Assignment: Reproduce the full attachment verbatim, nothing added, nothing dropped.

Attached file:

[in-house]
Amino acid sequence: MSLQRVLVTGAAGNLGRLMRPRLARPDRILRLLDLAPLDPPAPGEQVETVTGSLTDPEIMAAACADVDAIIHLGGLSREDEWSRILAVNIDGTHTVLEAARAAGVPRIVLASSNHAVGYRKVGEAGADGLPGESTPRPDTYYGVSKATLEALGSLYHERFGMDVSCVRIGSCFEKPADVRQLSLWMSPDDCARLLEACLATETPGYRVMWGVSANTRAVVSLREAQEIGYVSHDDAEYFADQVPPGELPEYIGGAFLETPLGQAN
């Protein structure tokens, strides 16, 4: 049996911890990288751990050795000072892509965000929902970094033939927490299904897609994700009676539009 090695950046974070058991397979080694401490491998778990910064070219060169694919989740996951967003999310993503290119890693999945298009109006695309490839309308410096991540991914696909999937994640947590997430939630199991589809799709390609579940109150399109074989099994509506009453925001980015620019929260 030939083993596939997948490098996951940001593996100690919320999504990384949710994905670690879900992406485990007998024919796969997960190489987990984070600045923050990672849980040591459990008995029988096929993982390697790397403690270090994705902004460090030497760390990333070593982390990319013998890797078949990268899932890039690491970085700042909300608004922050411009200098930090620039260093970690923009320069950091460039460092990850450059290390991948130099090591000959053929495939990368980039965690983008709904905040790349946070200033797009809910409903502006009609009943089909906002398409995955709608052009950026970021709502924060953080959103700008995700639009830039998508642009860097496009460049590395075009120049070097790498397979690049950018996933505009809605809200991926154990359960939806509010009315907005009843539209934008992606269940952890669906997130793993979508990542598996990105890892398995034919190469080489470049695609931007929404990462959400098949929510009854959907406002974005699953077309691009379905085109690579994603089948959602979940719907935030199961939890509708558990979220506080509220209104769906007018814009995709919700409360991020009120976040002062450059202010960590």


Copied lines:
[in-house]
Amino acid sequence: MSLQRVLVTGAAGNLGRLMRPRLARPDRILRLLDLAPLDPPAPGEQVETVTGSLTDPEIMAAACADVDAIIHLGGLSREDEWSRILAVNIDGTHTVLEAARAAGVPRIVLASSNHAVGYRKVGEAGADGLPGESTPRPDTYYGVSKATLEALGSLYHERFGMDVSCVRIGSCFEKPADVRQLSLWMSPDDCARLLEACLATETPGYRVMWGVSANTRAVVSLREAQEIGYVSHDDAEYFADQVPPGELPEYIGGAFLETPLGQAN
């Protein structure tokens, strides 16, 4: 049996911890990288751990050795000072892509965000929902970094033939927490299904897609994700009676539009 090695950046974070058991397979080694401490491998778990910064070219060169694919989740996951967003999310993503290119890693999945298009109006695309490839309308410096991540991914696909999937994640947590997430939630199991589809799709390609579940109150399109074989099994509506009453925001980015620019929260 030939083993596939997948490098996951940001593996100690919320999504990384949710994905670690879900992406485990007998024919796969997960190489987990984070600045923050990672849980040591459990008995029988096929993982390697790397403690270090994705902004460090030497760390990333070593982390990319013998890797078949990268899932890039690491970085700042909300608004922050411009200098930090620039260093970690923009320069950091460039460092990850450059290390991948130099090591000959053929495939990368980039965690983008709904905040790349946070200033797009809910409903502006009609009943089909906002398409995955709608052009950026970021709502924060953080959103700008995700639009830039998508642009860097496009460049590395075009120049070097790498397979690049950018996933505009809605809200991926154990359960939806509010009315907005009843539209934008992606269940952890669906997130793993979508990542598996990105890892398995034919190469080489470049695609931007929404990462959400098949929510009854959907406002974005699953077309691009379905085109690579994603089948959602979940719907935030199961939890509708558990979220506080509220209104769906007018814009995709919700409360991020009120976040002062450059202010960590």